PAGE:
These policy “wars” have been mounted in the service of a growing authoritarianism in contemporary America. The militarisation of the police force, for instance, reflects the government’s need to neutralise urban areas marked by often extreme poverty and violence. Instead of an attack on the economic and social causes of ghettoisation and urban blight, we’ve seen a move away from “community policing” toward what has been called: “The United Police States of America”.

To overcome this strategy, then, it must be tackled as more than just a programme of racism. What must be emphasised is the authoritarianism and deeper shared disenfranchisement that motivates the state violence we see today – a tendency that certainly includes structural racism, but which is by no means limited to it.

In the words Obama used when responding to the Eric Garner case, it must be framed as an “American problem”.

Unite against authoritarianism

The foundations for such a movement are well established and span the political spectrum. On the right, anti-authoritarian feelings have spurred the Tea Party movement to unprecedented, if chaotic, success. While Tea Partiers are primarily up in arms about public intervention in the private sector, their politics speak to an underlying fear of unaccountable state power and mass political marginalisation.

Meanwhile, on the left, the Occupy movement has been railing against the growing influence of corporations and their political handmaidens since 2011; an anti-elite politics that appeals to many of the same Americans outraged at the surveillance policies of the NSA. The authoritarianism of the police response to the Occupy protests drew unforgiving attention to just how defensive US police forces can become when power is confronted.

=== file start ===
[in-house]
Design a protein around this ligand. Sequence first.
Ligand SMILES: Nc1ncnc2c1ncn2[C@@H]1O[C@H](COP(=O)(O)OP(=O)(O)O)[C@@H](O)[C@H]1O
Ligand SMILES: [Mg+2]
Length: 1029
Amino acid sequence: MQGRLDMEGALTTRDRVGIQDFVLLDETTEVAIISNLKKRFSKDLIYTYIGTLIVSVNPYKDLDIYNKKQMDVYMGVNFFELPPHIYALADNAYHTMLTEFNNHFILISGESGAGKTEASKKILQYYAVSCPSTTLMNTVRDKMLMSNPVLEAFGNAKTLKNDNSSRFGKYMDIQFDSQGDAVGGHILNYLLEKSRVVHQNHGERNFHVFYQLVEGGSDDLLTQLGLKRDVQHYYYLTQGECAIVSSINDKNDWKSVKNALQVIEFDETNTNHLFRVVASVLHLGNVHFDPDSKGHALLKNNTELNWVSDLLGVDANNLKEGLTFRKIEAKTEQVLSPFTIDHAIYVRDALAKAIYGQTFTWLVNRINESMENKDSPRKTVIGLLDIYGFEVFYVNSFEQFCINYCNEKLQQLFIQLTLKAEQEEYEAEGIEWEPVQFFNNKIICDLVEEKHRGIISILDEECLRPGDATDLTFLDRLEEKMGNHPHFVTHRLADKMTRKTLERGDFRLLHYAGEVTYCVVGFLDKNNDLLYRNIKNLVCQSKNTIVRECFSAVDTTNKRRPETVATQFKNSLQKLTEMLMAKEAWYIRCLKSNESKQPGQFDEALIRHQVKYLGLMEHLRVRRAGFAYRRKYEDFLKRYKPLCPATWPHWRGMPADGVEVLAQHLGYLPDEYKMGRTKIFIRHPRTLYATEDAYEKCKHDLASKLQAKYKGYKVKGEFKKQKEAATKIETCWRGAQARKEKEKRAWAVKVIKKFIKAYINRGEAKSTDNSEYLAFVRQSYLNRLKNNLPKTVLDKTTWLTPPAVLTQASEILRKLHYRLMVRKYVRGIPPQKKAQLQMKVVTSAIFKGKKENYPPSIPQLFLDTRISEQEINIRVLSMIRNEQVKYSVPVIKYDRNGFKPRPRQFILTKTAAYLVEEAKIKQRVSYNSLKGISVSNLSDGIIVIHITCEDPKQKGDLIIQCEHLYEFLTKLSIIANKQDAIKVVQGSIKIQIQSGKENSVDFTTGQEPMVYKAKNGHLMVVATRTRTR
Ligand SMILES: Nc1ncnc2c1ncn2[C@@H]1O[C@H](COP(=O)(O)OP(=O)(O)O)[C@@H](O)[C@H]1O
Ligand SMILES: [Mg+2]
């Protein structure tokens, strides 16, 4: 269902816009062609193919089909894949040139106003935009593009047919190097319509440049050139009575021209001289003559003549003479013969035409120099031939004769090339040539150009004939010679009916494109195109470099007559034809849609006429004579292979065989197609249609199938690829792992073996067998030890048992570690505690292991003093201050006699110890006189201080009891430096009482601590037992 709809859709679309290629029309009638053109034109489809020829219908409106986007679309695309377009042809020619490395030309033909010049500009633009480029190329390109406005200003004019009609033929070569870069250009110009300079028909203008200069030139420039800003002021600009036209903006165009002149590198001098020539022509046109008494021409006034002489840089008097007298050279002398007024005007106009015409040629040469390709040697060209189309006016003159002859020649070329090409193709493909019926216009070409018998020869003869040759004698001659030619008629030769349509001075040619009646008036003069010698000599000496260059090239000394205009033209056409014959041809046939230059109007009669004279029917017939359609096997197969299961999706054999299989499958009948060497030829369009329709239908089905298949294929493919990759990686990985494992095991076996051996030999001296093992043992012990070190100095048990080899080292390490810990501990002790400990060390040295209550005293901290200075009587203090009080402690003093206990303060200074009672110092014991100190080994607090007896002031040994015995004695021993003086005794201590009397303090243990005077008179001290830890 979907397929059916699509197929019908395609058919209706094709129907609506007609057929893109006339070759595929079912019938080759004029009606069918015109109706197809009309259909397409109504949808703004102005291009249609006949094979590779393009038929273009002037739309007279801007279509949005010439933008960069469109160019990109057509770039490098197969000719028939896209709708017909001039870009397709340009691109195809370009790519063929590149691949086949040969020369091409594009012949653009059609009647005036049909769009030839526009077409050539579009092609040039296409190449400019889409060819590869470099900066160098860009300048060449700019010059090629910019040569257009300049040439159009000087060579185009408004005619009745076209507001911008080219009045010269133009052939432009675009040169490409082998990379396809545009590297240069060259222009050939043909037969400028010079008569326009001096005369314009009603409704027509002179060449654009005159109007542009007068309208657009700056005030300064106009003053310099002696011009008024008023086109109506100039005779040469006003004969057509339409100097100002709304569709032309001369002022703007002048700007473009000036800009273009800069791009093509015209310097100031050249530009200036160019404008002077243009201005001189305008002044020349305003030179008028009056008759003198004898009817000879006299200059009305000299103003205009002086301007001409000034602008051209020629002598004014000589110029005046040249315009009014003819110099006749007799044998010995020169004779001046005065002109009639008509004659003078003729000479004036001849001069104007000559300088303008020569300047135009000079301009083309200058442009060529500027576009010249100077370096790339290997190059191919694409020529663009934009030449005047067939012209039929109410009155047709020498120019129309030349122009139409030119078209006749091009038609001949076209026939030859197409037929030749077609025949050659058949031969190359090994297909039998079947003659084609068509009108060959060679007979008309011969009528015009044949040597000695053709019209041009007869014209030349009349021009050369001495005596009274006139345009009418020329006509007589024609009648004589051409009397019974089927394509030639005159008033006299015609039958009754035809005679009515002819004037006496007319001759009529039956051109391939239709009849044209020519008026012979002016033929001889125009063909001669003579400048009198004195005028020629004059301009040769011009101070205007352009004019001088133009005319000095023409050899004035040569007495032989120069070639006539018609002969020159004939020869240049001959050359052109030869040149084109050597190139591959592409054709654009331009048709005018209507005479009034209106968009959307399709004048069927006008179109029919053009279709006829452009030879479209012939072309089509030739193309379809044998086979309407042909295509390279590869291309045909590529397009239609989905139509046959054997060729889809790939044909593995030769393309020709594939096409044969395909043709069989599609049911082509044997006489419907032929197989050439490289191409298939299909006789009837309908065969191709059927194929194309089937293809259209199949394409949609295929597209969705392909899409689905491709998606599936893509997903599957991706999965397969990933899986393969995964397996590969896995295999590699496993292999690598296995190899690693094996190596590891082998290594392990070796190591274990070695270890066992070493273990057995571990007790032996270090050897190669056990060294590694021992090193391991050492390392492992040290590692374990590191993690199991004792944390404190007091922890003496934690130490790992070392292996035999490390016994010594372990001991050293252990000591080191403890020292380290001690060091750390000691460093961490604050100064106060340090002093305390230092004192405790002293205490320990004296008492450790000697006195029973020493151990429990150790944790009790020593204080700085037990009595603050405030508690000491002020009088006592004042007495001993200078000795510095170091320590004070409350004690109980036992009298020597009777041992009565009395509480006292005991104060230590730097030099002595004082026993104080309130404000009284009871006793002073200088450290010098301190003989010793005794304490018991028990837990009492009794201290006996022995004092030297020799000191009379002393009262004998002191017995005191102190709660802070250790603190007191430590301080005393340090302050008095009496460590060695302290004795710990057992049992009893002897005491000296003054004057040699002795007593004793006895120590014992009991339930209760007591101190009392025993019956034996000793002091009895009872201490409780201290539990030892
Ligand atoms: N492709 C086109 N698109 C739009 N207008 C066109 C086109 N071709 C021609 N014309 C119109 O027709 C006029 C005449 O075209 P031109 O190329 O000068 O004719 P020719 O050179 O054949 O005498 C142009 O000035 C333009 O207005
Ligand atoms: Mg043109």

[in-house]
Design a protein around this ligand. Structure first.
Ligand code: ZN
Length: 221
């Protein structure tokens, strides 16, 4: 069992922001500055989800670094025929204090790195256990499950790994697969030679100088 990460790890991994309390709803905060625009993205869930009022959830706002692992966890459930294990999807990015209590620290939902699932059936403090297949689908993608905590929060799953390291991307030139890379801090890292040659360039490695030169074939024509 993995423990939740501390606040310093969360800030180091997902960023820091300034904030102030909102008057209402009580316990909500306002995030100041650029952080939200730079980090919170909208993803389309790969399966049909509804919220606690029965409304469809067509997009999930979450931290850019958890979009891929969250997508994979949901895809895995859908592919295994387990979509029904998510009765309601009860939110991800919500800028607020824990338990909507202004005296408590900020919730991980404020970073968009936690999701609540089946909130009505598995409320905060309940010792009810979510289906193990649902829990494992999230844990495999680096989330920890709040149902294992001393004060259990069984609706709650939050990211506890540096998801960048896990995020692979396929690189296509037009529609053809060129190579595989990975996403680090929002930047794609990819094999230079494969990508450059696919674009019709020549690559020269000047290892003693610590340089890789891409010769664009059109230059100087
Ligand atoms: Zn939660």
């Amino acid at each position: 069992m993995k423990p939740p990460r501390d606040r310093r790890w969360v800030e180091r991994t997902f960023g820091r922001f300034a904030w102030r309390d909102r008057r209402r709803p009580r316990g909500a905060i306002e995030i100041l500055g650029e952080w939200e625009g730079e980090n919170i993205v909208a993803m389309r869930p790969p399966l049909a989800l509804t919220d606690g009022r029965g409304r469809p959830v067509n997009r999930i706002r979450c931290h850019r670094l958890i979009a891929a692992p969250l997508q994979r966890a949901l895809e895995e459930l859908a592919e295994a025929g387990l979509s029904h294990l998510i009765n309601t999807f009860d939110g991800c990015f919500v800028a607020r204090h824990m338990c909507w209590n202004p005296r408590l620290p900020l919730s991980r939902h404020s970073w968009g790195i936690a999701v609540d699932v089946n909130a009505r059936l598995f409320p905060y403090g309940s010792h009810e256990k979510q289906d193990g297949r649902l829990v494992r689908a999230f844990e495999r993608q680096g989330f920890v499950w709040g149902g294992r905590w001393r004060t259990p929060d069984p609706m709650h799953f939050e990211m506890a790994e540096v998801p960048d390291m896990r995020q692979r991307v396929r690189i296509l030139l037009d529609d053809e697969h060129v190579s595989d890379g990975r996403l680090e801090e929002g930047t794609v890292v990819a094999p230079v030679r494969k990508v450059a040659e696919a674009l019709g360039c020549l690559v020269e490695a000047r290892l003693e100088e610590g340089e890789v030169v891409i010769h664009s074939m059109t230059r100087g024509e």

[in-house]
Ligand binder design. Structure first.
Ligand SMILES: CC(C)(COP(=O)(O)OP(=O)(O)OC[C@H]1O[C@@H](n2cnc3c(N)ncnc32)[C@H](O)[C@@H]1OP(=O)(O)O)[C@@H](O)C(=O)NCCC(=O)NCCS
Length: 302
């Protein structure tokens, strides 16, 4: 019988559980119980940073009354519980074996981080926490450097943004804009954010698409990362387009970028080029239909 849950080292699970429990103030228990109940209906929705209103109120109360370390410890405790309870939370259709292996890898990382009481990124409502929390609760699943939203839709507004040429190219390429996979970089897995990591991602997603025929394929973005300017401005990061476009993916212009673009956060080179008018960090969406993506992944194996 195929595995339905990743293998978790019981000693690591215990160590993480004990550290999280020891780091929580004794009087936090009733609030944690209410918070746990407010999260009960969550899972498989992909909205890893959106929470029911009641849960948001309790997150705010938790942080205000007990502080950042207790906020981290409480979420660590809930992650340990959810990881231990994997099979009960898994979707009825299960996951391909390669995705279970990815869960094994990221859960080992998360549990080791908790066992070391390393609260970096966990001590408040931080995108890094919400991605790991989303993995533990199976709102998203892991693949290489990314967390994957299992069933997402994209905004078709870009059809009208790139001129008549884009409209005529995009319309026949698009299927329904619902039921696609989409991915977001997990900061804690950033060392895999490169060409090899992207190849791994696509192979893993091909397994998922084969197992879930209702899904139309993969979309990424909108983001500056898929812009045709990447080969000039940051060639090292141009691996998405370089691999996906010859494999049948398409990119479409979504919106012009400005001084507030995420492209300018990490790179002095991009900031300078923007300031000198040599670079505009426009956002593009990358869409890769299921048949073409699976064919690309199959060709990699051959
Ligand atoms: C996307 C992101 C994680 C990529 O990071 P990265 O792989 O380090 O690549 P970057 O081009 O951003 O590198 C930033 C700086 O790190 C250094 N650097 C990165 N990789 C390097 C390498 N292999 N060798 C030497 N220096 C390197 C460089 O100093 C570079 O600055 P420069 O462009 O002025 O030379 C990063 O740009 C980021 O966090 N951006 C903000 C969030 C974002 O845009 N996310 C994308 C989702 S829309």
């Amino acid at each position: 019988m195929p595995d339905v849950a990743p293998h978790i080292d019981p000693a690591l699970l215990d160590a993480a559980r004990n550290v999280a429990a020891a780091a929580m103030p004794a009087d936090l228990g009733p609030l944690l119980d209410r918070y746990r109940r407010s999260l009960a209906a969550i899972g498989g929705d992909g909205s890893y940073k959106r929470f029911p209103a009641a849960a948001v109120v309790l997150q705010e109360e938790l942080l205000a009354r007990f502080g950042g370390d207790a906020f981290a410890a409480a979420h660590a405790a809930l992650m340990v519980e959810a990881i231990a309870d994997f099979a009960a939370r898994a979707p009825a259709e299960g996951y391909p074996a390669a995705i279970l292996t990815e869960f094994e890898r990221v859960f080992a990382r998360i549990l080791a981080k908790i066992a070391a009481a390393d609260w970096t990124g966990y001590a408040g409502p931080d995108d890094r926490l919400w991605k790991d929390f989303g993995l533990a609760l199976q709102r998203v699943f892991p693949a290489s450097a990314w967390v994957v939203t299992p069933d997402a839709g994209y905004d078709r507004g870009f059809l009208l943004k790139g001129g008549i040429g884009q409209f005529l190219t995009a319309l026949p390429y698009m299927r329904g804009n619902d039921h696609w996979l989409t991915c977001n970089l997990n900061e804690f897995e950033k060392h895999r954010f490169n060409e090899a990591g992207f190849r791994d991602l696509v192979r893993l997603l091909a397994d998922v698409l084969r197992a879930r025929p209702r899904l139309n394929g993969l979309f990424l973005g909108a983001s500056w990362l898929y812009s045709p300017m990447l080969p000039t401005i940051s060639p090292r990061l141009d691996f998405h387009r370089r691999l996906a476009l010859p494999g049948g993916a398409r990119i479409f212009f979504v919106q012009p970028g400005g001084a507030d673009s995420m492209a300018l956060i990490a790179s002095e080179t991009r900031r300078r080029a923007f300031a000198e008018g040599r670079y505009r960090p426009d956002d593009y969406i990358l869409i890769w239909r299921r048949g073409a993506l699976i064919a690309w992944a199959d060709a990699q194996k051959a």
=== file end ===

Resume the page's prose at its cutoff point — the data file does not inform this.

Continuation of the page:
Unpunished incidents of police violence should be a catalyst for uniting Americans in a common cause against authoritarianism. In the US, the odds are stacked against most of the general public in favour of a privileged minority – and police forces are seen to ultimately serve to protect this unfair system more than they safeguard citizens.

What is needed is a vision of constructive change, one focused not simply on individual justice but on collective national progress. That means going beyond simply blaming law enforcement officials and instead indicting the system as a whole.

The fight against police violence should unite Americans, not divide them. Before the country can heal, it first needs to come together to cure itself.

This post originally appeared on The Conversation.